Bjorn Wiinblad/Rosenthal - Christmas Gospel Plate 1973

Bjorn Wiinblad/Rosenthal – Christmas Gospel Plate 1973

Bjorn Wiinblad/Rosenthal - Christmas Gospel Plate 1974

Bjorn Wiinblad/Rosenthal – Christmas Gospel Plate 1974

All the plates are labeled “Weihnachtsteller” on the back, and below that they have a German text telling what they depict. The sequence of the scenes is a bit random, which is rather disappointing when you think of the perfectly disposed story on Wiinblad’s old Nymølle month plates.

It has puzzled me why Wiinblad has chosen these particular motives and sequences. First we have Mary with child and the Epiphany on four different plates – almost a separate series before the others. Then we have the Annunciation – which is how it all started as far as I know. Read more

Bjorn Wiinblad – Part 3: Own Studio//Vaerksted

Bjorn Wiinblad Part 3: Own Studio work (Vaerksted).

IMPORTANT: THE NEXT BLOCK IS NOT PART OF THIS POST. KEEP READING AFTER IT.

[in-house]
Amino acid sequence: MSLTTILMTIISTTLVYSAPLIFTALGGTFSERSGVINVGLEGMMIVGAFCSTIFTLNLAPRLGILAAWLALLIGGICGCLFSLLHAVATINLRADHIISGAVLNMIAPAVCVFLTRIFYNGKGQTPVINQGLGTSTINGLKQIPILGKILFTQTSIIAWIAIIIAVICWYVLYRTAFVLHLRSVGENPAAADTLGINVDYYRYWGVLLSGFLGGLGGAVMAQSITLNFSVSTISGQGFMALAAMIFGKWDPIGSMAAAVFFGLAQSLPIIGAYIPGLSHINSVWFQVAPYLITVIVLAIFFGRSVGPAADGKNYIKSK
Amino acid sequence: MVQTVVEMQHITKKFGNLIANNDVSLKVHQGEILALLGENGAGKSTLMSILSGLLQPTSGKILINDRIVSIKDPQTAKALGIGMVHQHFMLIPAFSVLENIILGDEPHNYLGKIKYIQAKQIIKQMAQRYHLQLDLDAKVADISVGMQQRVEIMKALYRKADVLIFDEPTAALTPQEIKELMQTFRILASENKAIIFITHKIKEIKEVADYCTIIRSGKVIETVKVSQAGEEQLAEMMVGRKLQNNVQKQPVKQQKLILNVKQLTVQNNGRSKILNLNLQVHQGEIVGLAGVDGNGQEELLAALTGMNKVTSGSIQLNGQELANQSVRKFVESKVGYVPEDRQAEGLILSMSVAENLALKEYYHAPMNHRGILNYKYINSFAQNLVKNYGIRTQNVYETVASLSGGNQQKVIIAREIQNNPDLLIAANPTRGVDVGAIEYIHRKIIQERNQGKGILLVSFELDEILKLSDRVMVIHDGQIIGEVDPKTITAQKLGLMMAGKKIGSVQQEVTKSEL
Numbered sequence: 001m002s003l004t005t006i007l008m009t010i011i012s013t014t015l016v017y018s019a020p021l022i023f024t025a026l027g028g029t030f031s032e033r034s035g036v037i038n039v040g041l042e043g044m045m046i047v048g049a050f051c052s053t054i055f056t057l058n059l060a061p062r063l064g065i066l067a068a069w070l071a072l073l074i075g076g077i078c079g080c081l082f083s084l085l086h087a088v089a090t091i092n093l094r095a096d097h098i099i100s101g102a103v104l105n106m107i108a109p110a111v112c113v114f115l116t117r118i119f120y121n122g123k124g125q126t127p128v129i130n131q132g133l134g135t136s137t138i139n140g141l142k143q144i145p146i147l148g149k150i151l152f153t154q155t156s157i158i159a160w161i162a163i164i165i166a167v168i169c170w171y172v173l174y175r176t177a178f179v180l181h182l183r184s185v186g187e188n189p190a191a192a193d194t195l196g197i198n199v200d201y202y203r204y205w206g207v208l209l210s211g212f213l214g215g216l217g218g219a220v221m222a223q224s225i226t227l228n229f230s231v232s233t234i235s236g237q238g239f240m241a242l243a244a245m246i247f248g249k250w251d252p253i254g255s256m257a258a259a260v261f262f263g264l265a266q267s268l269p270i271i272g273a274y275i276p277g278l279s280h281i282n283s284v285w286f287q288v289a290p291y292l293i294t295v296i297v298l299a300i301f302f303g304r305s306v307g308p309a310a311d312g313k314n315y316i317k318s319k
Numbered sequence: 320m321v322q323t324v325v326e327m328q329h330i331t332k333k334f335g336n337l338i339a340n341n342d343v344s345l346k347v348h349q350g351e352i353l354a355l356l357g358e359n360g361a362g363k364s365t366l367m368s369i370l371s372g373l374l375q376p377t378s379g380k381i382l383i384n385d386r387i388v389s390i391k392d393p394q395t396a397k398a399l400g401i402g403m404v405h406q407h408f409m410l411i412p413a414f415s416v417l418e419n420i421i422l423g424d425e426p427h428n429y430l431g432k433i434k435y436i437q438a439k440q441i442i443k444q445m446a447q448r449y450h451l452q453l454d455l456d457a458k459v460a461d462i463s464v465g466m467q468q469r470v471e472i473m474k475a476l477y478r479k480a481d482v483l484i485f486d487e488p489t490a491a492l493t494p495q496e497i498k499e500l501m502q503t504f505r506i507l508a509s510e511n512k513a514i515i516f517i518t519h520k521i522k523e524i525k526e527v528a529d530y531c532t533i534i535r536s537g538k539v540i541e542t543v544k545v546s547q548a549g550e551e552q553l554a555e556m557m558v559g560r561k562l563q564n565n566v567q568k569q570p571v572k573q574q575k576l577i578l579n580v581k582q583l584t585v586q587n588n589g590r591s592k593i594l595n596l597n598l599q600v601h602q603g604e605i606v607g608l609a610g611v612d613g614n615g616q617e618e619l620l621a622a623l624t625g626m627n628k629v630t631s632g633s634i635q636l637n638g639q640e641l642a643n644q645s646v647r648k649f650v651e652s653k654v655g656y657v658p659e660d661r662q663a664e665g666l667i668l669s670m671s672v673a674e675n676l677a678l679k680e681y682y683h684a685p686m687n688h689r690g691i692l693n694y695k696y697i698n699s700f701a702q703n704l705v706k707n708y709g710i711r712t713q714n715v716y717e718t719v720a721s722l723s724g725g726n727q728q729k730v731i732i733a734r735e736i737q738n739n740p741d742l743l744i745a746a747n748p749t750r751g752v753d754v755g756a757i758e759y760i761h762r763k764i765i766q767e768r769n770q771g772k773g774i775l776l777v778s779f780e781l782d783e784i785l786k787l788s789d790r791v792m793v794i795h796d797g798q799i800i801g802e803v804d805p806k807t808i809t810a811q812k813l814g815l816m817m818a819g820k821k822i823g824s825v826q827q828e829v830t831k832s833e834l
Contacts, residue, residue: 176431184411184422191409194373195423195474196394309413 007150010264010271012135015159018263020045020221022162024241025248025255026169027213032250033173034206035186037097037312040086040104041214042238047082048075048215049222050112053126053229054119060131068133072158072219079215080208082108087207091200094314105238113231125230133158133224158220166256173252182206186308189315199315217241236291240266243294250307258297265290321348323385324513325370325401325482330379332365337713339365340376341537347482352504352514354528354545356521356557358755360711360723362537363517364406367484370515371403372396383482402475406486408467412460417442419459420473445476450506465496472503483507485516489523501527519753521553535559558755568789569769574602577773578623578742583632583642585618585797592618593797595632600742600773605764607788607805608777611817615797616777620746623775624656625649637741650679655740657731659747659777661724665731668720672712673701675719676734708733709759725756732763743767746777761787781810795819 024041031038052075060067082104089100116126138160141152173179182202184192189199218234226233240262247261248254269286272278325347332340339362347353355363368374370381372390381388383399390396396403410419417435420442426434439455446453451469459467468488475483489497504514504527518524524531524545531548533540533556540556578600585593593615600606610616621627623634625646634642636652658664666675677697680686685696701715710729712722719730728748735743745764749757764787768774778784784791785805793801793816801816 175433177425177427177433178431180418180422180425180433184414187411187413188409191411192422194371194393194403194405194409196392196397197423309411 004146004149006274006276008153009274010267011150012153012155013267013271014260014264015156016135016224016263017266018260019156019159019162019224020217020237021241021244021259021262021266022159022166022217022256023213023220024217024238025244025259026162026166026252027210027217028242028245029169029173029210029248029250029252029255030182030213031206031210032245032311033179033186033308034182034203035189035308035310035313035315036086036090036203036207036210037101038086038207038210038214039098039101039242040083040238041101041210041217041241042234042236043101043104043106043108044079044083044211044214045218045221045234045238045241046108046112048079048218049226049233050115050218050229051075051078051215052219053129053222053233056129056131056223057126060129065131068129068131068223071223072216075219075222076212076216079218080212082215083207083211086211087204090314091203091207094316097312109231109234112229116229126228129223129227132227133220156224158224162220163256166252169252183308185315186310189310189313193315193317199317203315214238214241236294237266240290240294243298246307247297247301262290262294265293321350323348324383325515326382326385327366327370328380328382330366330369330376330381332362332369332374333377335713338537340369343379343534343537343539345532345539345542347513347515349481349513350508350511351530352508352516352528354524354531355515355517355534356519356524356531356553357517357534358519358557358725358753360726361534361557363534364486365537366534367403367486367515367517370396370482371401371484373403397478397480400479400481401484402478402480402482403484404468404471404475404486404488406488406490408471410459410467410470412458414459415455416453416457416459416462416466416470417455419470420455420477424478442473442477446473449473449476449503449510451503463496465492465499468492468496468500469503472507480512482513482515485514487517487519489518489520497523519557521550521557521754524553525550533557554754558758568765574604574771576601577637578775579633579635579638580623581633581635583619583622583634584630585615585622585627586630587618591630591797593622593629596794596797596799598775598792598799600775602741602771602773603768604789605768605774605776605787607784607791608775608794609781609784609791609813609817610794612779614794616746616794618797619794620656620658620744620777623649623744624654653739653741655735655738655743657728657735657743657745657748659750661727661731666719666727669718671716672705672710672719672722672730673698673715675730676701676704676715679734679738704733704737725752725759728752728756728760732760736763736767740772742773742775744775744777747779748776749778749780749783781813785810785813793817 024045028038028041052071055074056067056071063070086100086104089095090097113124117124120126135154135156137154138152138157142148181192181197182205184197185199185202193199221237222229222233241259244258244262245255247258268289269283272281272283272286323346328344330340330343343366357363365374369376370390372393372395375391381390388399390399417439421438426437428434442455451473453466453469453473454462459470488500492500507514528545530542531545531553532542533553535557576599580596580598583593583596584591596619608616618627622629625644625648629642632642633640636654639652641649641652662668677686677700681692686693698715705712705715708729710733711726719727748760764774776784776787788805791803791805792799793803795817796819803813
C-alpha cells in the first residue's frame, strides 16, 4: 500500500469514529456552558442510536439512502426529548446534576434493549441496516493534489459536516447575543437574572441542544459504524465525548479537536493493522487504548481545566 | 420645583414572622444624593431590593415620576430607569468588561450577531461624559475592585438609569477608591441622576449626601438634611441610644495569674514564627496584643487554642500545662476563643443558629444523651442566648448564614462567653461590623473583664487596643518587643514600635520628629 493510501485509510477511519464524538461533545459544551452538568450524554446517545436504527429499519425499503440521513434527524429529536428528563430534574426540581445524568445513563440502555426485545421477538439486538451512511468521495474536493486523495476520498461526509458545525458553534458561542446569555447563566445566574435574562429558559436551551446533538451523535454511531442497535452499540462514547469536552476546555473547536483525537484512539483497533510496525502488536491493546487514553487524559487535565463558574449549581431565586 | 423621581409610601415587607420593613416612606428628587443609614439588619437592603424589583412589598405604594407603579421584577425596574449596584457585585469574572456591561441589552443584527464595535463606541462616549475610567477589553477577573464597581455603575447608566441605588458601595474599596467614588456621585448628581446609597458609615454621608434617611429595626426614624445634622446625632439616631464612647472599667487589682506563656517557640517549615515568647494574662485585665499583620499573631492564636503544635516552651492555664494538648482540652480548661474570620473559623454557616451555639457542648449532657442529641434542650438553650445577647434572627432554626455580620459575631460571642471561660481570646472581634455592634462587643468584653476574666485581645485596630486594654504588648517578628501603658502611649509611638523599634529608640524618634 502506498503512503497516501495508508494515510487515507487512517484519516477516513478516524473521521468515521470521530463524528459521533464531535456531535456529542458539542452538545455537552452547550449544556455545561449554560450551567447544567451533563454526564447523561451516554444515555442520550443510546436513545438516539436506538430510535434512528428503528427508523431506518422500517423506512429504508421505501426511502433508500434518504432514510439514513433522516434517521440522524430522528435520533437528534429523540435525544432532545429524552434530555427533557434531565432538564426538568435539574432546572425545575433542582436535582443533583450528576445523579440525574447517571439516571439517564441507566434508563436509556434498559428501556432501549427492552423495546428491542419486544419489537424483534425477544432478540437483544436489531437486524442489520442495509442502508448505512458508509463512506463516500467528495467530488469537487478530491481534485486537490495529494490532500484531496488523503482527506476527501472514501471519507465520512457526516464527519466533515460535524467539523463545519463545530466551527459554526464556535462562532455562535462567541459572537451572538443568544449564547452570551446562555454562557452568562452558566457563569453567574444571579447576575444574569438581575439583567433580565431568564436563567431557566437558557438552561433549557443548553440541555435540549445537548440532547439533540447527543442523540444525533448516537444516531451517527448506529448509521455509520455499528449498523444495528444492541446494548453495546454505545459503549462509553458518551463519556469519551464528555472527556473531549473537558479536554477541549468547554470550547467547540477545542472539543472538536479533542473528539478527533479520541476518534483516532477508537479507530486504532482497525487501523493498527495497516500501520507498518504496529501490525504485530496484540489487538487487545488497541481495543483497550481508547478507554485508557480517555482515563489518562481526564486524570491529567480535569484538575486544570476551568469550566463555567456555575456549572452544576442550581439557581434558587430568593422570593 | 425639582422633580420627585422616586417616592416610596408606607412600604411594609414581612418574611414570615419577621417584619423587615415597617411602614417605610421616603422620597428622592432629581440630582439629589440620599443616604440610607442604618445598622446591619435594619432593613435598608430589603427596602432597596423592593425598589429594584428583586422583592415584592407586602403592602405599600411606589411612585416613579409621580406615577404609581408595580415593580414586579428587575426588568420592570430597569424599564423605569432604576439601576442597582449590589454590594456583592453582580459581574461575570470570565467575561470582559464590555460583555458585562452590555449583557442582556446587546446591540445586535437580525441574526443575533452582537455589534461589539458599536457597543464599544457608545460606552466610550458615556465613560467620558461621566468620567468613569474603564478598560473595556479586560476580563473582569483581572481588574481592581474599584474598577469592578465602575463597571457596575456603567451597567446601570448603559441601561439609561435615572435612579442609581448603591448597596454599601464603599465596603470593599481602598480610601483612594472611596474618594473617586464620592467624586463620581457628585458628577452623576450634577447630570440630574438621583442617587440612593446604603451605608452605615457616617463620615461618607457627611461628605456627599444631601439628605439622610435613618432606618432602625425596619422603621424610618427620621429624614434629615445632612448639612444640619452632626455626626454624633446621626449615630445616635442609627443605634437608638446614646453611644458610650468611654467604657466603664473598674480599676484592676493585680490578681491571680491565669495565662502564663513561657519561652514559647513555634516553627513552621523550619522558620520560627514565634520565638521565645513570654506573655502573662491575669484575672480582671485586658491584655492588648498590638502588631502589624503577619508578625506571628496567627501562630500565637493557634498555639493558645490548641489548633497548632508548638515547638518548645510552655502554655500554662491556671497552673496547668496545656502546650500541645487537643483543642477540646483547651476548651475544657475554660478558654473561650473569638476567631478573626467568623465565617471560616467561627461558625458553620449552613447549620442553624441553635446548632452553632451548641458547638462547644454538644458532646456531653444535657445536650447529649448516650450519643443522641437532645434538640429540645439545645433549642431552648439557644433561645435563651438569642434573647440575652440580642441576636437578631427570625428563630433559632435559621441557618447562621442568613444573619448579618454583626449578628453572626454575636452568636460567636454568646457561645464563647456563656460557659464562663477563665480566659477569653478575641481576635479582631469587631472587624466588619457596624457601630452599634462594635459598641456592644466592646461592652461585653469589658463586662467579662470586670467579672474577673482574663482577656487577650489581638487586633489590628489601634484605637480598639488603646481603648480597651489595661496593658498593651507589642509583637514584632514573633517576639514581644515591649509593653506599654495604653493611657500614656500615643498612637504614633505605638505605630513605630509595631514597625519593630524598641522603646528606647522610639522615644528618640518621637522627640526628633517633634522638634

Number 3 of a 3 part series summarising Wiinblad’s career as a ceramic designer.

I think some of the most impressive work by Wiinblad comes from his work in his own studio,  “Værksted”  which started in 1952 in Copenhagen. Generally they are “fajance” ware – eathernware pieces with a white base glaze on which a coloured design is hand painted. Wiinblad designed all of the pieces from his studio, and painted many of them himself – but had also help of up to 3 skilled painters to paint his designs onto the forms to keep up with the volume produced.

Bjorn Wiinlbad - Group of Studio Pieces

Bjorn Wiinlbad – Group of Studio Pieces